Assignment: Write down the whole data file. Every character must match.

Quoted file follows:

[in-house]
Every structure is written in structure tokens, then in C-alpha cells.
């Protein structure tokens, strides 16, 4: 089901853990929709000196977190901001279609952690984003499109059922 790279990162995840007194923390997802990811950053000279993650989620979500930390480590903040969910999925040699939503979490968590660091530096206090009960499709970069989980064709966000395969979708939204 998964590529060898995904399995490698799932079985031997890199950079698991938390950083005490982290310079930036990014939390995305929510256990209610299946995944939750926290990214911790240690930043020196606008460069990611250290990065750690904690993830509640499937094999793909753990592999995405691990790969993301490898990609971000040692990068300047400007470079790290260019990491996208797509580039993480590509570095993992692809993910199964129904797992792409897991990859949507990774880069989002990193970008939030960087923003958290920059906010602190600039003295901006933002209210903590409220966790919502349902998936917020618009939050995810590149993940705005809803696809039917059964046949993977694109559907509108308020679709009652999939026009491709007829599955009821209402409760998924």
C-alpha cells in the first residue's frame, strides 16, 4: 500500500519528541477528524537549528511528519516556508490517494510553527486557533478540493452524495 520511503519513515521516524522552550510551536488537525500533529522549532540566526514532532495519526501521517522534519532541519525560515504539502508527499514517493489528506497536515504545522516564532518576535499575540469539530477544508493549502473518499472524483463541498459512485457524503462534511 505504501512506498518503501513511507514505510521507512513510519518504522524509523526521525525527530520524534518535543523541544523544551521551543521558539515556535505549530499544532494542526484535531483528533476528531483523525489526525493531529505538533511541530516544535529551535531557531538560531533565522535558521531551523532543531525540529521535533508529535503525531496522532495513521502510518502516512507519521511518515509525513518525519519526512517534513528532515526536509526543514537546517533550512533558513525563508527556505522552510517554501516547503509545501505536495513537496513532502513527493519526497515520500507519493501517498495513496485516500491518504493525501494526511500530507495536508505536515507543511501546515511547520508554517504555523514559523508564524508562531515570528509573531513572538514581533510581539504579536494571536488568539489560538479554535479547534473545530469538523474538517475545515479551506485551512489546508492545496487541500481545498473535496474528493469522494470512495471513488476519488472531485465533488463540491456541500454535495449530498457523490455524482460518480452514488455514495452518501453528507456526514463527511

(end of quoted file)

[in-house]
Every structure is written in structure tokens, then in C-alpha cells.
């Protein structure tokens, strides 16, 4: 089901853990929709000196977190901001279609952690984003499109059922 790279990162995840007194923390997802990811950053000279993650989620979500930390480590903040969910999925040699939503979490968590660091530096206090009960499709970069989980064709966000395969979708939204 998964590529060898995904399995490698799932079985031997890199950079698991938390950083005490982290310079930036990014939390995305929510256990209610299946995944939750926290990214911790240690930043020196606008460069990611250290990065750690904690993830509640499937094999793909753990592999995405691990790969993301490898990609971000040692990068300047400007470079790290260019990491996208797509580039993480590509570095993992692809993910199964129904797992792409897991990859949507990774880069989002990193970008939030960087923003958290920059906010602190600039003295901006933002209210903590409220966790919502349902998936917020618009939050995810590149993940705005809803696809039917059964046949993977694109559907509108308020679709009652999939026009491709007829599955009821209402409760998924």
C-alpha cells in the first residue's frame, strides 16, 4: 500500500519528541477528524537549528511528519516556508490517494510553527486557533478540493452524495 520511503519513515521516524522552550510551536488537525500533529522549532540566526514532532495519526501521517522534519532541519525560515504539502508527499514517493489528506497536515504545522516564532518576535499575540469539530477544508493549502473518499472524483463541498459512485457524503462534511 505504501512506498518503501513511507514505510521507512513510519518504522524509523526521525525527530520524534518535543523541544523544551521551543521558539515556535505549530499544532494542526484535531483528533476528531483523525489526525493531529505538533511541530516544535529551535531557531538560531533565522535558521531551523532543531525540529521535533508529535503525531496522532495513521502510518502516512507519521511518515509525513518525519519526512517534513528532515526536509526543514537546517533550512533558513525563508527556505522552510517554501516547503509545501505536495513537496513532502513527493519526497515520500507519493501517498495513496485516500491518504493525501494526511500530507495536508505536515507543511501546515511547520508554517504555523514559523508564524508562531515570528509573531513572538514581533510581539504579536494571536488568539489560538479554535479547534473545530469538523474538517475545515479551506485551512489546508492545496487541500481545498473535496474528493469522494470512495471513488476519488472531485465533488463540491456541500454535495449530498457523490455524482460518480452514488455514495452518501453528507456526514463527511